Report: Trucking And Imports At American Ports Showing 1st Signs Of Weakness

Report: Trucking And Imports At American Ports Showing 1st Signs Of Weakness

imports weakness

Credit: Nopphon Pattanasri, https://www.istockphoto.com/portfolio/NopphonPattanasri?mediatype=photography

Covid pandemic shortages led to post-pandemic oversupply, and retail giants are now cutting or cancelling billions of dollars worth of orders and pricing down their inventory.

The Federal Reserve is raising interest rates to slow the economy and ease inflation. “It seems to be working,” Barrons reported. “Freight volumes across many modes of transportation have been shrinking.”

The Los Angeles trucking market recently saw the lowest weekly total for maritime import shipments since June 2020.

Signs of weakness in aggregate U.S. import demand are finally beginning to materialize at this and other U.S. ports, according to a supply chain market intelligence provider FreightWaves.

FreightWaves’ SaaS product, SONAR, monitors U.S. maritime imports coming into a trucking market for a given week.

“While Los Angeles and Long Beach (LAX/LGB) have both kept a steady stream of import volumes through the first seven months of 2022, the weakness in aggregate U.S. import demand is finally beginning to materialize at these ports as well,” FreightWaves reported. “Other U.S. West Coast ports such as Oakland and the Northwest Seaport Alliance (Seattle/Tacoma) have been posting significant year-over-year (y/y) declines in maritime import volumes for the past two months. Now, LAX/LGB will be joining the downward trend in significant y/y declines.”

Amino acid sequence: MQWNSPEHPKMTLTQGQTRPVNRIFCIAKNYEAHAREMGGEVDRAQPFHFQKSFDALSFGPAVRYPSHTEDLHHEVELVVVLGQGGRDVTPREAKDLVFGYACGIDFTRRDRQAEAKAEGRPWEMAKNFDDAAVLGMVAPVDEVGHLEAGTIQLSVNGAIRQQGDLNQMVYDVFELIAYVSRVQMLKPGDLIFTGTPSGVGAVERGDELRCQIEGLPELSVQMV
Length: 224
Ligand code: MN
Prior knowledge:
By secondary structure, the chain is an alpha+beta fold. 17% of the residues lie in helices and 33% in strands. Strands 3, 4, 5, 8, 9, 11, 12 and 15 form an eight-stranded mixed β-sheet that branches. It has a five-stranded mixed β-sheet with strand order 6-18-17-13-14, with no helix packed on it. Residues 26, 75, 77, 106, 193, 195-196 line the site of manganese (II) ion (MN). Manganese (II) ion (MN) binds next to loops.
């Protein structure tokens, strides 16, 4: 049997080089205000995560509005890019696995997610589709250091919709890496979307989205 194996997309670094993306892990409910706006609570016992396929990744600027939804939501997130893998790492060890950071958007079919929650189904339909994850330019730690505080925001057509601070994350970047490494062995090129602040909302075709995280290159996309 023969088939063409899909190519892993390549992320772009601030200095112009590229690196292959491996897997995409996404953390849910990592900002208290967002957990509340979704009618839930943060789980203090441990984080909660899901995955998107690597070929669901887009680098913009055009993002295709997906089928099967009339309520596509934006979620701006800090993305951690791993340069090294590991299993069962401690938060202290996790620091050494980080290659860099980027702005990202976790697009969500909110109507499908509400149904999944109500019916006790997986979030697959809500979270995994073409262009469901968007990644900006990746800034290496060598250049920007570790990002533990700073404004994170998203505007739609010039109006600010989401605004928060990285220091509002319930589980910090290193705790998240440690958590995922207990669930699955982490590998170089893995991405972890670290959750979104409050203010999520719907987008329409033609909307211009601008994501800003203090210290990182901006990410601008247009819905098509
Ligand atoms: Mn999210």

During the pandemic, retail giants such as Walmart and Target overestimated consumer demand and ordered too much.

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In 2021, shippers faced unprecedented challenges trying to move massive volumes of cargo through their supply chains, such as disruptions due to raw material and component shortages, runaway inflation, and labor shortages.

Now retailers are sitting on stale inventory and struggling to sell the surplus.

The downward trend in significant year-on-year declines of maritime import volumes “does not bode well for surface-side transportation markets, in which the ports of LAX/LGB feed a massive amount of demand from U.S. imports from overseas,” FreightWaves reported. “July 2022 was likely the last month that the Port of Los Angeles will publish any y/y gains in loaded imports for the foreseeable future.”

Growth has slowed in railroad volumes and freight volumes have started to shrink in some segments of the trucking market, Barrons reported. The total freight market has been in decline for the past four months, according to Citi data.

Freight rates jumped almost 10-fold in 2021 due to port backlogs, surges in cargo, and supply chain disruptions. As a result, importers had to scramble for space on container ships. Retailers like Walmart chartered their own ships to overcome bottlenecks in 2021.

In 2022, Walmart and other major retailers imported their goods earlier than usual, anticipating delays in shipping and demand that did not eventually materialize. They ended up with excess inventory, according to Marine Insight.

The cost to ship a 40-foot container to the West Coast of the U.S. from China is down about 60 percent from January 2022, Freightos Baltic Index reported.